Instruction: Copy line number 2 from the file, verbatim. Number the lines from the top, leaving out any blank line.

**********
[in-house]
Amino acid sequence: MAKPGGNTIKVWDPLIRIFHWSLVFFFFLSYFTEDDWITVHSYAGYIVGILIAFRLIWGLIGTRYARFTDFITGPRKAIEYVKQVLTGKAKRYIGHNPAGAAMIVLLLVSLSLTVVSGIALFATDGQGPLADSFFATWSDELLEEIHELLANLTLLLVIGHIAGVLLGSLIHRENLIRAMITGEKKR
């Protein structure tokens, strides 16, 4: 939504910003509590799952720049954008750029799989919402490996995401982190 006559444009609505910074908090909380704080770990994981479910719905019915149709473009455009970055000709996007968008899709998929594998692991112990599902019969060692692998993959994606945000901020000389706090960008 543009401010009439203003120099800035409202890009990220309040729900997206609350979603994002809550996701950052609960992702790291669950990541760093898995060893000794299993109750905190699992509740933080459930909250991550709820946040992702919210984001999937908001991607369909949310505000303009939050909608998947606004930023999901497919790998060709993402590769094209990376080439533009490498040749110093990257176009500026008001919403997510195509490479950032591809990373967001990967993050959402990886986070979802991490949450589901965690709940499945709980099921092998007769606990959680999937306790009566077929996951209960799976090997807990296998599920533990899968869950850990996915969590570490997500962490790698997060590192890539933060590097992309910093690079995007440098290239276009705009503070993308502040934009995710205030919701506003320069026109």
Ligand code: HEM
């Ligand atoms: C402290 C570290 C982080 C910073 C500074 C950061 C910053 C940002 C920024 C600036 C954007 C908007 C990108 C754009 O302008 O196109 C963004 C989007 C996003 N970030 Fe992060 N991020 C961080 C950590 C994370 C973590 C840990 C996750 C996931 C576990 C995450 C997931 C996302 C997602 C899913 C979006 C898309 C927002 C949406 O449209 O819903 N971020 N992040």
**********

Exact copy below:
Amino acid sequence: MAKPGGNTIKVWDPLIRIFHWSLVFFFFLSYFTEDDWITVHSYAGYIVGILIAFRLIWGLIGTRYARFTDFITGPRKAIEYVKQVLTGKAKRYIGHNPAGAAMIVLLLVSLSLTVVSGIALFATDGQGPLADSFFATWSDELLEEIHELLANLTLLLVIGHIAGVLLGSLIHRENLIRAMITGEKKR